As the players engage in the pomp and pageantry at Wimbledon this fortnight, Brendan Evans would like you to remember the 2,000 unranked pro tennis players in the world who never will stand on any of the grass courts at All England Lawn and Croquet Club.
As announcers analyze players’ games, Evans would like you to remember that about 1,800 of the 2,000 players who are ranked will never play at Wimbledon, on any Grand Slam court or in any tournament that offers lucrative payouts.
“Tennis was a fantastic experience for me,” Evans said. “I learned so much. I traveled to 58 countries. I saw how different cultures live and how Americans are viewed. I was in tough situations. I faced adversity. I could not have learned more about life than I did from tennis.
“Yet, I would never do it again, and I don’t want my kids playing tennis. It’s a very difficult sport. It becomes very cutthroat. It puts a ton of pressure on kids at a very young age.”
Evans is lucky in this way — he escaped a life in which tennis was all he knew and all he could do.
But first, he went from being the next great hope in American men’s tennis to battling for years to reach a ranking of 117th in the world. He gave up college — initially, anyway — and devoted his life and every cent he earned to tennis.
At 15, he signed with Nike and the powerhouse management company IMG.
“If I wasn’t in the top 10 by the time I was 18, I was going to be the world’s biggest failure,” Evans said.
He trained at the Chris Evert Tennis Academy in Florida. He traveled throughout Europe, Asia, Australia and parts of Africa.
He and Scott Oudsema won the junior doubles championships at Wimbledon, the U.S. Open and the Australian Open.
Finally, though, tennis broke Evans.
When he left the game, about all the now-29-year-old had to show for 15 years of work, dedication and competition was two herniated disks in his back — “Doctors have told me I have the back of a 50 or 55-year-old,” he said — a shattered ankle and aches, pains and injuries that at one point had him taking 24 over-the-counter anti-inflammatory pills a day.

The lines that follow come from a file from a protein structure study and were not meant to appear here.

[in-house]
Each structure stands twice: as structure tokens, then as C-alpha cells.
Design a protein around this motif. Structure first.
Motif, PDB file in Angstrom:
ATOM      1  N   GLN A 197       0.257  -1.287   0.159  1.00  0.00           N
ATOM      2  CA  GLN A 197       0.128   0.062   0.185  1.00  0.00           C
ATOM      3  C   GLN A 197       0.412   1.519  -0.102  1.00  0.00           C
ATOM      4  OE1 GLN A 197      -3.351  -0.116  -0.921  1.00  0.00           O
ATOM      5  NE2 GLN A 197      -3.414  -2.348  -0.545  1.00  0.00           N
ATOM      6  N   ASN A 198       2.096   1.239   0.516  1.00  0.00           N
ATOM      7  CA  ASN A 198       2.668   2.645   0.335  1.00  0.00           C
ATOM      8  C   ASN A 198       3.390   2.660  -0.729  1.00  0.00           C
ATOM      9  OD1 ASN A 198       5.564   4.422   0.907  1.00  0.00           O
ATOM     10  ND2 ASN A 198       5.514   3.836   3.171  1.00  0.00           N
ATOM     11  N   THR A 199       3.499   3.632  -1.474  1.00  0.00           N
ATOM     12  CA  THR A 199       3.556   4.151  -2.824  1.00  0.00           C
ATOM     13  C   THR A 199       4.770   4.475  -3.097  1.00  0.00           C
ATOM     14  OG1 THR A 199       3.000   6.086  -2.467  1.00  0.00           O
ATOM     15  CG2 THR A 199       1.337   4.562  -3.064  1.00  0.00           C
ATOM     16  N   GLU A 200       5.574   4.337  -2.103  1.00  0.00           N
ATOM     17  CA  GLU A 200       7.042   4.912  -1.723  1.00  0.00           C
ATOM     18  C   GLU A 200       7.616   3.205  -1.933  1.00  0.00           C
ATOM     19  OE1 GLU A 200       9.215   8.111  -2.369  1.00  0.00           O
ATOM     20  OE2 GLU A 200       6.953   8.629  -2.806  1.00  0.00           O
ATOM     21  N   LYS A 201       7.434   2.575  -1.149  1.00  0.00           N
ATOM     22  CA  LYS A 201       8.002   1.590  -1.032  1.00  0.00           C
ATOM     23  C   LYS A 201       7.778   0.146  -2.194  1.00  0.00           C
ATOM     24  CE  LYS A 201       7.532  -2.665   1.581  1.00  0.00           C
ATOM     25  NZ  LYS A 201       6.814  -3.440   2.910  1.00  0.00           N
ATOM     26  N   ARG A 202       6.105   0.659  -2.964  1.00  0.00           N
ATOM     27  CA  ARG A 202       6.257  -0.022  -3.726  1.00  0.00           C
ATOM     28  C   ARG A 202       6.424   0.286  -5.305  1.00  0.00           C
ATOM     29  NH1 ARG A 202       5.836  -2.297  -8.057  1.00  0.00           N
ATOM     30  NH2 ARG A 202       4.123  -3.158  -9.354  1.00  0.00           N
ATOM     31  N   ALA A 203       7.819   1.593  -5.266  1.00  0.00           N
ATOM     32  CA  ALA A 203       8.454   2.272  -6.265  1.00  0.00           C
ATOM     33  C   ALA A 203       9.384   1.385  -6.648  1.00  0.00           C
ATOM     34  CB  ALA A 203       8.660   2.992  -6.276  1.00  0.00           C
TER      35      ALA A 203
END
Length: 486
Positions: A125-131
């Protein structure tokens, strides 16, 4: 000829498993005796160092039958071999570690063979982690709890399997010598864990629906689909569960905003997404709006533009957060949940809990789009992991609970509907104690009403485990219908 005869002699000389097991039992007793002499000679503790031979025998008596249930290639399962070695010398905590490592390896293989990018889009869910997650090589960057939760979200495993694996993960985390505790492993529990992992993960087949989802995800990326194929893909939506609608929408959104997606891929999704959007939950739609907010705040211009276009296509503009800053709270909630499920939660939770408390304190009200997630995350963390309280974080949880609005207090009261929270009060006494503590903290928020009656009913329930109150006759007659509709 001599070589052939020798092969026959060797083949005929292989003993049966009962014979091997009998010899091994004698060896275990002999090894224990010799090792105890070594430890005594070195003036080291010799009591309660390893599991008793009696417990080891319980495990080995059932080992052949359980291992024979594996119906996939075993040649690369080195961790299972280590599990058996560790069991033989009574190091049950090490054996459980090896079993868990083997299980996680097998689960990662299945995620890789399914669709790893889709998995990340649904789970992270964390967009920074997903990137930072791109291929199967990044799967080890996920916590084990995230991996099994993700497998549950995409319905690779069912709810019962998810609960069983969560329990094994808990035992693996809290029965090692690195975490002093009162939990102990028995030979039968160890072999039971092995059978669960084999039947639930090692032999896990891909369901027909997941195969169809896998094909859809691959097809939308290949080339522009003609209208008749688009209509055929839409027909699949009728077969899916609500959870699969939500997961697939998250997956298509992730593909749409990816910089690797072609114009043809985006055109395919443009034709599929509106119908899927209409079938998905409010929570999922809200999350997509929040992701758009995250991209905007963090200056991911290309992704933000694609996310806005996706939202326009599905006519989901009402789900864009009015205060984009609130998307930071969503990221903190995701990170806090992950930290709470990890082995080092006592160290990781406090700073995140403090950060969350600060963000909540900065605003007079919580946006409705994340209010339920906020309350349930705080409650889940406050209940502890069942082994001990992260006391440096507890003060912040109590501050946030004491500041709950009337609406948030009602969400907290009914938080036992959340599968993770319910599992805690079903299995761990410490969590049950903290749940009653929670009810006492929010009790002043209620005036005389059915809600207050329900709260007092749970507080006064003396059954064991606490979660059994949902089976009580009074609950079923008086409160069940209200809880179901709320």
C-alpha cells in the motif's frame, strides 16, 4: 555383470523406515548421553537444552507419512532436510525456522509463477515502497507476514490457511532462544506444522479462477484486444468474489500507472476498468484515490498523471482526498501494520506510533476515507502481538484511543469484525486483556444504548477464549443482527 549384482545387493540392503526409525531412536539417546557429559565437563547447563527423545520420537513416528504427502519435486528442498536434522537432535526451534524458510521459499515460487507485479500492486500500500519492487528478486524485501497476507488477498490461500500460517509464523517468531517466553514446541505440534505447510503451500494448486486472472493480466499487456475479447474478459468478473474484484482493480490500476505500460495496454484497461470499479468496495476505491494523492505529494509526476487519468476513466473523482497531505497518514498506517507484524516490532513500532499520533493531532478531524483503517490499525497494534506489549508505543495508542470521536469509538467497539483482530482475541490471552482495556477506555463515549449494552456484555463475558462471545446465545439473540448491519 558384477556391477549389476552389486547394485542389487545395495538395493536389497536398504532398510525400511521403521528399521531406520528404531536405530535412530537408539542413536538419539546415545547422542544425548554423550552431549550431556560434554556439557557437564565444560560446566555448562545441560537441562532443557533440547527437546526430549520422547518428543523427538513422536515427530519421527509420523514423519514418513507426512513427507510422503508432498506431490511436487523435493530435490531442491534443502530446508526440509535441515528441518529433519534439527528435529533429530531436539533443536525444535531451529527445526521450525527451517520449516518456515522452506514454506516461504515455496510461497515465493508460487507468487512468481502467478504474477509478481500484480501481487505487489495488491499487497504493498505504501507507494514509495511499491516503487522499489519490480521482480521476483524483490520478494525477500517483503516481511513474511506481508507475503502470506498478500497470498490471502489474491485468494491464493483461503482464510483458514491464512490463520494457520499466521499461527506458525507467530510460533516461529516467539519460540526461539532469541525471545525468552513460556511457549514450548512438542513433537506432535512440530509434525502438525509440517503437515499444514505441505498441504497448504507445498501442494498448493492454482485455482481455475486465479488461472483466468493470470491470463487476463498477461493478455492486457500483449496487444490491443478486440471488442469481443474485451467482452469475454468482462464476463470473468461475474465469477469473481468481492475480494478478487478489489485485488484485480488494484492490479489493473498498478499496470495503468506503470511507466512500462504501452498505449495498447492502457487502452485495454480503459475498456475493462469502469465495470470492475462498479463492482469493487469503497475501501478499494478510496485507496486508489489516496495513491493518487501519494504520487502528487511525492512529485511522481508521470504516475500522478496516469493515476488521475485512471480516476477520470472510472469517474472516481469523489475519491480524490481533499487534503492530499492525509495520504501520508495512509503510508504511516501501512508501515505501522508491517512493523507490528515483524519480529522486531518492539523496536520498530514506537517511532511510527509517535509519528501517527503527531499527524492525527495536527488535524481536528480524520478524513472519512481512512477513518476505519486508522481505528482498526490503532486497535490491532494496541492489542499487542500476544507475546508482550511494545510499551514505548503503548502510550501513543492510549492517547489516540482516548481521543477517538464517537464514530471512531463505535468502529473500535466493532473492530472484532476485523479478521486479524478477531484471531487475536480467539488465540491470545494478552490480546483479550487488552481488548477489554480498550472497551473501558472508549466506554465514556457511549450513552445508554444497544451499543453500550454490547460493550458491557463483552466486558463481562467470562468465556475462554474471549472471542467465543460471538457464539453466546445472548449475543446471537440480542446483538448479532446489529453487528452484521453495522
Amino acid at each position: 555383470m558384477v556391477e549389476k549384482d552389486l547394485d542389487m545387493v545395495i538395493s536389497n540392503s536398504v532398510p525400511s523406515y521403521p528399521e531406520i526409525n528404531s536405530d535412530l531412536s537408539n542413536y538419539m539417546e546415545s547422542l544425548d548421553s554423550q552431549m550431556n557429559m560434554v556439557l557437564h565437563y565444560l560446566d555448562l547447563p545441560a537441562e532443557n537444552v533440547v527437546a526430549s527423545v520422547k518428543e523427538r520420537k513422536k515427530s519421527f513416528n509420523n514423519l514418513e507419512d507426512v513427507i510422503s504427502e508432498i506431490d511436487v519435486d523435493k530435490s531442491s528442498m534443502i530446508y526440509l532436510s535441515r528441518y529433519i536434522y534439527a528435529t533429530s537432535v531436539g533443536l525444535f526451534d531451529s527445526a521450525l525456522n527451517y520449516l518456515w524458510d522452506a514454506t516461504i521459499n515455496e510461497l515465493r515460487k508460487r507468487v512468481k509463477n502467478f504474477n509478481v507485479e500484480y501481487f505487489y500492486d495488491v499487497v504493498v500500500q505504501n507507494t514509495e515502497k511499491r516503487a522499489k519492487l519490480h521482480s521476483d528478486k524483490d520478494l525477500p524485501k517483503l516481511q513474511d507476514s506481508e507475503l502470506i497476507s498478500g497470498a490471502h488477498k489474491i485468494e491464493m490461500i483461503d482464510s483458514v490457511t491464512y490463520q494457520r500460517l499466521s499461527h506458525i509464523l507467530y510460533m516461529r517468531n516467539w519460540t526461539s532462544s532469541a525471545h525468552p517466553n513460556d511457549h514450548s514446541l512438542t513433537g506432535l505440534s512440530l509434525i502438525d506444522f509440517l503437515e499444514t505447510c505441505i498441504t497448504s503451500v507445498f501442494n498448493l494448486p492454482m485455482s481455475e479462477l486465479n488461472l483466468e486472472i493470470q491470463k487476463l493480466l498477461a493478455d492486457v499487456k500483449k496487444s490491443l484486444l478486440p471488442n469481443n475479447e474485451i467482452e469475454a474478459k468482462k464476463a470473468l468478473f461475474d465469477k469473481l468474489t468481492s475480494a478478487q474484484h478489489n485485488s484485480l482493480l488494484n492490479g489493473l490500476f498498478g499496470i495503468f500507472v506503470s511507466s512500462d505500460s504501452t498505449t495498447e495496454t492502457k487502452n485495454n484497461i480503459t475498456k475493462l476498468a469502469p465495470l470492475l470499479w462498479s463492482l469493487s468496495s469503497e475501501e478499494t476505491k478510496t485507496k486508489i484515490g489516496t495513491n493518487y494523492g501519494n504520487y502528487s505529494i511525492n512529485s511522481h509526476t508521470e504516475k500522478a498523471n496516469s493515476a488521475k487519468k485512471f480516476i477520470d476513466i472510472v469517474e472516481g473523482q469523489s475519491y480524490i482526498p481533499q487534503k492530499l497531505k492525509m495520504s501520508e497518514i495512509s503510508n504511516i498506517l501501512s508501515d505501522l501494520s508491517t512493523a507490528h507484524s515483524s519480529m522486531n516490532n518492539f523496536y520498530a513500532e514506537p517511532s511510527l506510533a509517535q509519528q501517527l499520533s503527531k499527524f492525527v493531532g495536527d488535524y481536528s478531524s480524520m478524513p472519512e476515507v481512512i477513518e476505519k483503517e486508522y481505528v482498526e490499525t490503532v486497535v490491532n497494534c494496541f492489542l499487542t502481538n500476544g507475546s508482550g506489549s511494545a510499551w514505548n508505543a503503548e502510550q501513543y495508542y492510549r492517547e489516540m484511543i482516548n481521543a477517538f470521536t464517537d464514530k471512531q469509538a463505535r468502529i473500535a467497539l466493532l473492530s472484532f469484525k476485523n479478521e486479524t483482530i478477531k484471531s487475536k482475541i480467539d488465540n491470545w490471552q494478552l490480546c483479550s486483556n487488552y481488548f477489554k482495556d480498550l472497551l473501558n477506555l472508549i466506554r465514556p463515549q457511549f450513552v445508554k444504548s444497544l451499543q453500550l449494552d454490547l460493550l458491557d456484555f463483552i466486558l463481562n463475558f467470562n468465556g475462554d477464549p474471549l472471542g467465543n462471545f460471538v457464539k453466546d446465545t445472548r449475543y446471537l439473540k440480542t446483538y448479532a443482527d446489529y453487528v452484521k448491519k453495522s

“Tennis gave me so much, a lot of bad and a lot of good,” Evans said. “It made me who I am today.”
Today, Evans is a graduate of the University of Virginia, specifically, the McIntire School of Commerce.
Soon he will start his next career, in the investment banking division of Goldman Sachs in New York City.
Evans entered U.Va. as a 25-year-old freshman. He left four years later as a graduate.
And he thrived. He was selected to live on the Lawn. For several years, he served as an occasional practice partner and sounding board for members of Virginia’s outstanding men’s tennis team.
Evans invested more than $1 million and had little money left when he finally, at his mother’s urging, said farewell to tennis.
“I had lost seven matches in a row and I was upset and down and unhappy,” Evans said. “I called my mom and she eventually said, ‘You’re not going to play tennis anymore. You’re not going to the next tournament.’
“Initially, I pushed back. But I didn’t go to the next tournament. And she told me I was going to school next year.”
Evans was 24. His mother told him he had two weeks to prepare for the next SAT exam.
“I didn’t accept that at first,” he said. “Then, I went to the store, got three SAT books and for the next two weeks, I spent six hours a day studying. I didn’t take a day off.”
Evans’ SAT scores, personal essay and the advocacy of Virginia tennis coach Brian Boland, which said the university would benefit by having a nontraditional student with Evans’ experiences, led to admission into Virginia.
“It was the greatest thing that ever happened to me,” Evans said.
“Virginia allowed me to pursue everything tennis took away from me from the ages of 9 to 24. Politics, history, finance, all the things that interested me. I thought I might have to coach tennis the rest of my life. Now, I’m going to Wall Street.”
That beats where Evans was headed.